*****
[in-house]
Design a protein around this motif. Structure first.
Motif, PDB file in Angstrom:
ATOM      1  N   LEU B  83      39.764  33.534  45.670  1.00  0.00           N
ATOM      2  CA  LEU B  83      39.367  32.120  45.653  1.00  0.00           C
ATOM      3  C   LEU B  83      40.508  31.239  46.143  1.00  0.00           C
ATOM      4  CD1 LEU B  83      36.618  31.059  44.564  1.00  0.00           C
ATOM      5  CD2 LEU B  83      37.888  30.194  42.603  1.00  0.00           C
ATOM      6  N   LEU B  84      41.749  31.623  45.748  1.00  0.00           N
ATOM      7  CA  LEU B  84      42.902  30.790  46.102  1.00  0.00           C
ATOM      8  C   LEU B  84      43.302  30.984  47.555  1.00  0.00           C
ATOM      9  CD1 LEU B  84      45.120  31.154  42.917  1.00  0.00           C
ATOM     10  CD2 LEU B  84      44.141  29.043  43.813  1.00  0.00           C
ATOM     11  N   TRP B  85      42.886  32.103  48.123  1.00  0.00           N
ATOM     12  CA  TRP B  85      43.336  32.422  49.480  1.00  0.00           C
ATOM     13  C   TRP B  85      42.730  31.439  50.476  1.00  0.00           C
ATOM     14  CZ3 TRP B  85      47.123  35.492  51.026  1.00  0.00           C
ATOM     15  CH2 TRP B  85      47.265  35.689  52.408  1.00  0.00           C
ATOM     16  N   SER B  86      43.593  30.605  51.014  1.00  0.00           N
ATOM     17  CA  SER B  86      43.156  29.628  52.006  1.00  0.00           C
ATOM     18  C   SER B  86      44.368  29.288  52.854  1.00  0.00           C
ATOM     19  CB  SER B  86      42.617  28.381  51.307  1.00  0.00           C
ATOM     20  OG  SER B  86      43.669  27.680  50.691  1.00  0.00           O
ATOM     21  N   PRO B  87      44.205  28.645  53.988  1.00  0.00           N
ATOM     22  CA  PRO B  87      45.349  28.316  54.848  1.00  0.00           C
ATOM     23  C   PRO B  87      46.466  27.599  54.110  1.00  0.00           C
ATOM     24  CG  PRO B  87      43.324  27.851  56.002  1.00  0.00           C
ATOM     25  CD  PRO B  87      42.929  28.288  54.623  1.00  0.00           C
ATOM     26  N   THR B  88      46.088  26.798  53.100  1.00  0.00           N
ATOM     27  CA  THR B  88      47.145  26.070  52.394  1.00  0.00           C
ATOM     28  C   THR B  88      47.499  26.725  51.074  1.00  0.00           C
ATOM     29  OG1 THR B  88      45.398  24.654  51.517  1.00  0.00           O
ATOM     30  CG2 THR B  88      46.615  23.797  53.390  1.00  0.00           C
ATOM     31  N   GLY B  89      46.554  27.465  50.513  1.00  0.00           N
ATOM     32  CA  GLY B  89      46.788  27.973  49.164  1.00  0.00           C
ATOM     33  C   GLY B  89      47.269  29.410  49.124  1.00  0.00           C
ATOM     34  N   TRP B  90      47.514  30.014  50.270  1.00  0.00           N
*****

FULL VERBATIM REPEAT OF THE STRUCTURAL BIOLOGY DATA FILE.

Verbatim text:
[in-house]
Design a protein around this motif. Structure first.
Motif, PDB file in Angstrom:
ATOM      1  N   LEU B  83      39.764  33.534  45.670  1.00  0.00           N
ATOM      2  CA  LEU B  83      39.367  32.120  45.653  1.00  0.00           C
ATOM      3  C   LEU B  83      40.508  31.239  46.143  1.00  0.00           C
ATOM      4  CD1 LEU B  83      36.618  31.059  44.564  1.00  0.00           C
ATOM      5  CD2 LEU B  83      37.888  30.194  42.603  1.00  0.00           C
ATOM      6  N   LEU B  84      41.749  31.623  45.748  1.00  0.00           N
ATOM      7  CA  LEU B  84      42.902  30.790  46.102  1.00  0.00           C
ATOM      8  C   LEU B  84      43.302  30.984  47.555  1.00  0.00           C
ATOM      9  CD1 LEU B  84      45.120  31.154  42.917  1.00  0.00           C
ATOM     10  CD2 LEU B  84      44.141  29.043  43.813  1.00  0.00           C
ATOM     11  N   TRP B  85      42.886  32.103  48.123  1.00  0.00           N
ATOM     12  CA  TRP B  85      43.336  32.422  49.480  1.00  0.00           C
ATOM     13  C   TRP B  85      42.730  31.439  50.476  1.00  0.00           C
ATOM     14  CZ3 TRP B  85      47.123  35.492  51.026  1.00  0.00           C
ATOM     15  CH2 TRP B  85      47.265  35.689  52.408  1.00  0.00           C
ATOM     16  N   SER B  86      43.593  30.605  51.014  1.00  0.00           N
ATOM     17  CA  SER B  86      43.156  29.628  52.006  1.00  0.00           C
ATOM     18  C   SER B  86      44.368  29.288  52.854  1.00  0.00           C
ATOM     19  CB  SER B  86      42.617  28.381  51.307  1.00  0.00           C
ATOM     20  OG  SER B  86      43.669  27.680  50.691  1.00  0.00           O
ATOM     21  N   PRO B  87      44.205  28.645  53.988  1.00  0.00           N
ATOM     22  CA  PRO B  87      45.349  28.316  54.848  1.00  0.00           C
ATOM     23  C   PRO B  87      46.466  27.599  54.110  1.00  0.00           C
ATOM     24  CG  PRO B  87      43.324  27.851  56.002  1.00  0.00           C
ATOM     25  CD  PRO B  87      42.929  28.288  54.623  1.00  0.00           C
ATOM     26  N   THR B  88      46.088  26.798  53.100  1.00  0.00           N
ATOM     27  CA  THR B  88      47.145  26.070  52.394  1.00  0.00           C
ATOM     28  C   THR B  88      47.499  26.725  51.074  1.00  0.00           C
ATOM     29  OG1 THR B  88      45.398  24.654  51.517  1.00  0.00           O
ATOM     30  CG2 THR B  88      46.615  23.797  53.390  1.00  0.00           C
ATOM     31  N   GLY B  89      46.554  27.465  50.513  1.00  0.00           N
ATOM     32  CA  GLY B  89      46.788  27.973  49.164  1.00  0.00           C
ATOM     33  C   GLY B  89      47.269  29.410  49.124  1.00  0.00           C
ATOM     34  N   TRP B  90      47.514  30.014  50.270  1.00  0.00           N